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Not many motherboards support new standard yet

Seagate is launching today the latest in the  Barracuda family of 7200 RPM hard disk drives. The Barracuda XT is the first drive to market that supports SATA interface speeds of up to 6Gbps. 

The 2TB monster features a large 64 MB cache, which is the largest seen on a regular HDD. However, several SSDs already use 128MB caches, and at least one controller design in the works is capable of accessing up to 256MB of cache. It is these large and fast caches that are driving SATA standards forward.
The latest version of Seagate's SeaTools software allows for short-stroking, in which data is stored only on the outer tracks of the drive, allowing greater access speed at a reduction in capacity. The company claims that a short-stroked Barracuda XT using 1TB of storage will be able to compete with a 10k RPM Velociraptor drive from competitor Western Digital.

The company is targeting high performance and gaming PCs, low cost servers for SMBs, and external storage applications using eSATA for the new drive. Seagate expects almost 20% of all HDDs sold in 2010 will have a capacity of  1TB or greater.

The new drive (model ST32000641AS) comes with a 5-year warranty at a MSRP of $299. It should be available at retail by the end of this week.

Despite all the enthusiasm from Seagate, it will be SSDs that see the greatest performance jump with the move to the next generation for the SATA interface. Several SSDs are already hitting the limits of SATA II when reading from their cache.

Adoption of the new SATA standard is currently slow, as the ASUS P7P55D is the only motherboard that is natively capable of support 6Gbps. Older motherboards are capable of such speeds only through the use of a PCIe adapter card.

The problem is that motherboard manufacturers are waiting for a new I/O Controller Hub (ICH) from Intel. Commonly known as a southbridge, the new ICH is expected to support new technologies such as SuperSpeed USB 3.0 and SATA 6Gbps. AMD is also working on a new southbridge to support these technologies.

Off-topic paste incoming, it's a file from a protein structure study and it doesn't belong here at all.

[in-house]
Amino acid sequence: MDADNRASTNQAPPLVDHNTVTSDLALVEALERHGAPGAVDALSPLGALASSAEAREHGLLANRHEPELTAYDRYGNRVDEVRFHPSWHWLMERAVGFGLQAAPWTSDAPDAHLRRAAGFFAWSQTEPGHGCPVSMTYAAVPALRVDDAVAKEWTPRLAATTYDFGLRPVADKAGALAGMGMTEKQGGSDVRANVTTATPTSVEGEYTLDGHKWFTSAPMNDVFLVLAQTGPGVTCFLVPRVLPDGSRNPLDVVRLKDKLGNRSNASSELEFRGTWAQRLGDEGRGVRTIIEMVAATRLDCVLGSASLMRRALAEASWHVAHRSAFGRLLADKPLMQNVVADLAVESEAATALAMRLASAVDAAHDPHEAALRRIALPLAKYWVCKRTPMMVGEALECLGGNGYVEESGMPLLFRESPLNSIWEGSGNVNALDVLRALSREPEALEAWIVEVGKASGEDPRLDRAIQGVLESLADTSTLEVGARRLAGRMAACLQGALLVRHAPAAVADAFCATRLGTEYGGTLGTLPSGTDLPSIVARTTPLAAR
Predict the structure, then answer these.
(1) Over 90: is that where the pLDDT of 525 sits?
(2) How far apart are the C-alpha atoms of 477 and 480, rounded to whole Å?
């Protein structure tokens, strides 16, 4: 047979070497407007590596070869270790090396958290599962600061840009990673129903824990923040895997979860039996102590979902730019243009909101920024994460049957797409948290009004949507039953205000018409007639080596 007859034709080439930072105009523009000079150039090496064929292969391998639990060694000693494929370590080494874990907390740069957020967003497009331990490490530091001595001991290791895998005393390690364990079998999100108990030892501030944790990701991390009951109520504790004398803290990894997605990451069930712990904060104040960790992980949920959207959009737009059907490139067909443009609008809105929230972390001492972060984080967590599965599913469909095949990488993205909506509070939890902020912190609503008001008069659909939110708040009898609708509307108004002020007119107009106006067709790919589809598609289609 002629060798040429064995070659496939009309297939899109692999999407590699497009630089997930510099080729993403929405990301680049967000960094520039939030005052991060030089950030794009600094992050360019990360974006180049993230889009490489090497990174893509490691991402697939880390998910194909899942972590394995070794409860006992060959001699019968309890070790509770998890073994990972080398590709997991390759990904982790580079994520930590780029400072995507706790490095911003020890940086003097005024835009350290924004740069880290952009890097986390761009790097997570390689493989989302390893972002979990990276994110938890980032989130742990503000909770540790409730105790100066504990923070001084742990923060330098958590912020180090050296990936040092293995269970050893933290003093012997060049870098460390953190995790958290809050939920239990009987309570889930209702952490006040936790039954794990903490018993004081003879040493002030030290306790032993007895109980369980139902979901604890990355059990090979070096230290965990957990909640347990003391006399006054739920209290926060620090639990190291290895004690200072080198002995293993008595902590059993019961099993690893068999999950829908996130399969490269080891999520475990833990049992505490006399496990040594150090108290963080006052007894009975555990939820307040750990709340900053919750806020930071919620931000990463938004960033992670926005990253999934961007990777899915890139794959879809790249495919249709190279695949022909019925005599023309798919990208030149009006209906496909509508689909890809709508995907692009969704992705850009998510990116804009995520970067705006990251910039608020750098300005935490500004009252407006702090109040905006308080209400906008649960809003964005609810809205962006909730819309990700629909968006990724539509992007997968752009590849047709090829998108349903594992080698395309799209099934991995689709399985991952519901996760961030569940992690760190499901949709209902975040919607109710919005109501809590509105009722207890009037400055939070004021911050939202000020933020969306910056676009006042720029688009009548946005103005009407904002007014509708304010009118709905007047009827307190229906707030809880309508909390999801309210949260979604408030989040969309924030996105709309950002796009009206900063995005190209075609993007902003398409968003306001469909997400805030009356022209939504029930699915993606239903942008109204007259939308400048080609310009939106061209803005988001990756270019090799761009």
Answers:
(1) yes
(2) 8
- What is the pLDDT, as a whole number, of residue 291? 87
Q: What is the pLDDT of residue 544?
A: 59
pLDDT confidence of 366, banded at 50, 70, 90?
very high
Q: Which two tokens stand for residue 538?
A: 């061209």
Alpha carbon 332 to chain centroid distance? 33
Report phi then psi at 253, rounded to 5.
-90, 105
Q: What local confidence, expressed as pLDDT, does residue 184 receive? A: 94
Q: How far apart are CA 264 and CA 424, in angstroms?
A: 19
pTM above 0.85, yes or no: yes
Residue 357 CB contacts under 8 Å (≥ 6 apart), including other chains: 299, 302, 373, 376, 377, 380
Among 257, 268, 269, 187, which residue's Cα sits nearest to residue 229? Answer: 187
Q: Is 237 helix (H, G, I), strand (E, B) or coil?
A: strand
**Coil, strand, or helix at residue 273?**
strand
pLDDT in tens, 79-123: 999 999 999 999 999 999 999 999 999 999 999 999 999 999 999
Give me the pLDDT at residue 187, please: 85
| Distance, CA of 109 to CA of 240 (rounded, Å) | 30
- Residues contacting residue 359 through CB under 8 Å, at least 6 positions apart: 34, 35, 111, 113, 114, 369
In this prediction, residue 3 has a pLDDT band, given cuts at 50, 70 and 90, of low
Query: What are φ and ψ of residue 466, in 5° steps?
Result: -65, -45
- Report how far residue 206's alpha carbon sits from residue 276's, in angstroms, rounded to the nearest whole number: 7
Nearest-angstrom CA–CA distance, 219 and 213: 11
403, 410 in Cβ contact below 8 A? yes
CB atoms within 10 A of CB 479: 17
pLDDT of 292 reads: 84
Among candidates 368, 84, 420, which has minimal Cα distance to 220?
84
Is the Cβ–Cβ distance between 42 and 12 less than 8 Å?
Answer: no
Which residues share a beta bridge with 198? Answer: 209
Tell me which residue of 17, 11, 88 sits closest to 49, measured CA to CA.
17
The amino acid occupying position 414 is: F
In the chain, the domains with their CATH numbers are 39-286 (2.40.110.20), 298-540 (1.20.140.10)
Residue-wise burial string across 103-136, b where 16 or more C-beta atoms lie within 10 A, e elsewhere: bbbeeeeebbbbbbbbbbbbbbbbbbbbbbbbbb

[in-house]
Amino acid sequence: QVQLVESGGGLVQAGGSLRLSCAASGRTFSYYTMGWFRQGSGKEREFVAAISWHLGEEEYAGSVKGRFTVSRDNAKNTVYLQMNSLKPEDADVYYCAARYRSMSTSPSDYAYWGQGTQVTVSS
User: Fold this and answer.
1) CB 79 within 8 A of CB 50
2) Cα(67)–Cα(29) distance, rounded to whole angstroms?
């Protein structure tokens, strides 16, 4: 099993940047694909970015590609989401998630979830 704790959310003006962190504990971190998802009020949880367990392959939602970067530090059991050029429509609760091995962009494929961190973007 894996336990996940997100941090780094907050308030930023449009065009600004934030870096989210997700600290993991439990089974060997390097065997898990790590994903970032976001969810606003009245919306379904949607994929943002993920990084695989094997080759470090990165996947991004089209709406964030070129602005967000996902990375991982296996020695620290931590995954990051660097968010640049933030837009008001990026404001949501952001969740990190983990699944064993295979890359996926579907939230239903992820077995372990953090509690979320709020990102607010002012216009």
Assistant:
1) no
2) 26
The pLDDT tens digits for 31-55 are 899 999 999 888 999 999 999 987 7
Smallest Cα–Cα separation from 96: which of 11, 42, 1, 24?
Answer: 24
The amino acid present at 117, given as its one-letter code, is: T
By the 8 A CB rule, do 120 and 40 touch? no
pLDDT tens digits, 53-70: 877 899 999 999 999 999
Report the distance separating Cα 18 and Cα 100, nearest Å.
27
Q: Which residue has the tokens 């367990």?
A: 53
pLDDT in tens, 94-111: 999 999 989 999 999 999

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RE: ok so how about
By nvalhalla on 9/21/2009 9:51:05 AM , Rating: 2
Seagate states 140MB/sec, or ~1.1Mbps...

RE: ok so how about
By Redwin on 9/21/2009 10:01:21 AM , Rating: 2
Pretty sure you meant ~ 1.1Gbps

RE: ok so how about
By AnnihilatorX on 9/21/2009 10:10:31 AM , Rating: 2
Actually 140MB/s is 1.4Gb/s in SATA terms because 1byte packet is 10bits in SATA transmission due to error correcting bits.

RE: ok so how about
By nvalhalla on 9/21/2009 1:33:08 PM , Rating: 2
Ahh, you're right. Silly me and my 8bit bytes. And yes, I meant Gbps, not Mbps.

RE: ok so how about
By TomZ on 9/21/2009 1:41:49 PM , Rating: 2
Actually 140MB/s is 1.4Gb/s in SATA terms because 1byte packet is 10bits in SATA transmission due to error correcting bits.
Close, but not correct.

SATA uses 8b/10b encoding, and what this does is encode all the 8-bit byte values into a 10-bit code. The purpose of this is to balance the number of 0's and 1's on the line and to provide frequent transitions to allow for clock recovery.

There is no error detection or error correction done at that level of the protocol stack.

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